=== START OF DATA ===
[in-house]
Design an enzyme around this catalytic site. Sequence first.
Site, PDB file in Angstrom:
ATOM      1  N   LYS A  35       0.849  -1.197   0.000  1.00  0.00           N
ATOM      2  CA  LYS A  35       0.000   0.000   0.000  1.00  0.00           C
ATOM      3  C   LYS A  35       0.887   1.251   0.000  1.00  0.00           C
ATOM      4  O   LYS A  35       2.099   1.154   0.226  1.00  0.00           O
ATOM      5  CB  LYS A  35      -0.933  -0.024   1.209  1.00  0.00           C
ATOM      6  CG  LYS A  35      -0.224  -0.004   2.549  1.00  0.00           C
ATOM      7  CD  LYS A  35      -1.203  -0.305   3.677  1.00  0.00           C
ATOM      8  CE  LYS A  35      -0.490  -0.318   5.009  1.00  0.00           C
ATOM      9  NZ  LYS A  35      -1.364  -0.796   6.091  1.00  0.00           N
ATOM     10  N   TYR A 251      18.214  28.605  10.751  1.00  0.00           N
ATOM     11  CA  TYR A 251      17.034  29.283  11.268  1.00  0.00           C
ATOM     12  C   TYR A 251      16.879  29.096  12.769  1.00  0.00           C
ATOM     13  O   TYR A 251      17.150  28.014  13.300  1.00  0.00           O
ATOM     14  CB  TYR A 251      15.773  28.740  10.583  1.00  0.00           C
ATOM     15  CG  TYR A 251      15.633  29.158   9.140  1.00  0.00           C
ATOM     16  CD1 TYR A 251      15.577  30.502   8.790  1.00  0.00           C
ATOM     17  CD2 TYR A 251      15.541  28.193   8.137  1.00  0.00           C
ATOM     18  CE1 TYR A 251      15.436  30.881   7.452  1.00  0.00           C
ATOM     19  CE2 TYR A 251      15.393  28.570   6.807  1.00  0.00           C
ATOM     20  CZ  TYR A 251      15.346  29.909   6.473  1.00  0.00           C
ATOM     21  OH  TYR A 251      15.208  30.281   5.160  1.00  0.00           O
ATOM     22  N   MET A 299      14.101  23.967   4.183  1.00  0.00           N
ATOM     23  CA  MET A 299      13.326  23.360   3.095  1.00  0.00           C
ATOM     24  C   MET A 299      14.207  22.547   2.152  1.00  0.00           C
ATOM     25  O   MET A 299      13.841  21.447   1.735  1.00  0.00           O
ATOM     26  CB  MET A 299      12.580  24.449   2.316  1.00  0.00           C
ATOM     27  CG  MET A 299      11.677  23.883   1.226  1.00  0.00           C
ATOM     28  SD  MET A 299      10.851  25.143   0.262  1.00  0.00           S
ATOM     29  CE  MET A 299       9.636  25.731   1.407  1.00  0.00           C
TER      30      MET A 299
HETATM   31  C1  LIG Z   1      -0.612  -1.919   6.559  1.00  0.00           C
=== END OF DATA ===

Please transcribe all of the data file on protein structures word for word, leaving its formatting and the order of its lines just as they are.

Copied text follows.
[in-house]
Design an enzyme around this catalytic site. Sequence first.
Site, PDB file in Angstrom:
ATOM      1  N   LYS A  35       0.849  -1.197   0.000  1.00  0.00           N
ATOM      2  CA  LYS A  35       0.000   0.000   0.000  1.00  0.00           C
ATOM      3  C   LYS A  35       0.887   1.251   0.000  1.00  0.00           C
ATOM      4  O   LYS A  35       2.099   1.154   0.226  1.00  0.00           O
ATOM      5  CB  LYS A  35      -0.933  -0.024   1.209  1.00  0.00           C
ATOM      6  CG  LYS A  35      -0.224  -0.004   2.549  1.00  0.00           C
ATOM      7  CD  LYS A  35      -1.203  -0.305   3.677  1.00  0.00           C
ATOM      8  CE  LYS A  35      -0.490  -0.318   5.009  1.00  0.00           C
ATOM      9  NZ  LYS A  35      -1.364  -0.796   6.091  1.00  0.00           N
ATOM     10  N   TYR A 251      18.214  28.605  10.751  1.00  0.00           N
ATOM     11  CA  TYR A 251      17.034  29.283  11.268  1.00  0.00           C
ATOM     12  C   TYR A 251      16.879  29.096  12.769  1.00  0.00           C
ATOM     13  O   TYR A 251      17.150  28.014  13.300  1.00  0.00           O
ATOM     14  CB  TYR A 251      15.773  28.740  10.583  1.00  0.00           C
ATOM     15  CG  TYR A 251      15.633  29.158   9.140  1.00  0.00           C
ATOM     16  CD1 TYR A 251      15.577  30.502   8.790  1.00  0.00           C
ATOM     17  CD2 TYR A 251      15.541  28.193   8.137  1.00  0.00           C
ATOM     18  CE1 TYR A 251      15.436  30.881   7.452  1.00  0.00           C
ATOM     19  CE2 TYR A 251      15.393  28.570   6.807  1.00  0.00           C
ATOM     20  CZ  TYR A 251      15.346  29.909   6.473  1.00  0.00           C
ATOM     21  OH  TYR A 251      15.208  30.281   5.160  1.00  0.00           O
ATOM     22  N   MET A 299      14.101  23.967   4.183  1.00  0.00           N
ATOM     23  CA  MET A 299      13.326  23.360   3.095  1.00  0.00           C
ATOM     24  C   MET A 299      14.207  22.547   2.152  1.00  0.00           C
ATOM     25  O   MET A 299      13.841  21.447   1.735  1.00  0.00           O
ATOM     26  CB  MET A 299      12.580  24.449   2.316  1.00  0.00           C
ATOM     27  CG  MET A 299      11.677  23.883   1.226  1.00  0.00           C
ATOM     28  SD  MET A 299      10.851  25.143   0.262  1.00  0.00           S
ATOM     29  CE  MET A 299       9.636  25.731   1.407  1.00  0.00           C
TER      30      MET A 299
HETATM   31  C1  LIG Z   1      -0.612  -1.919   6.559  1.00  0.00           C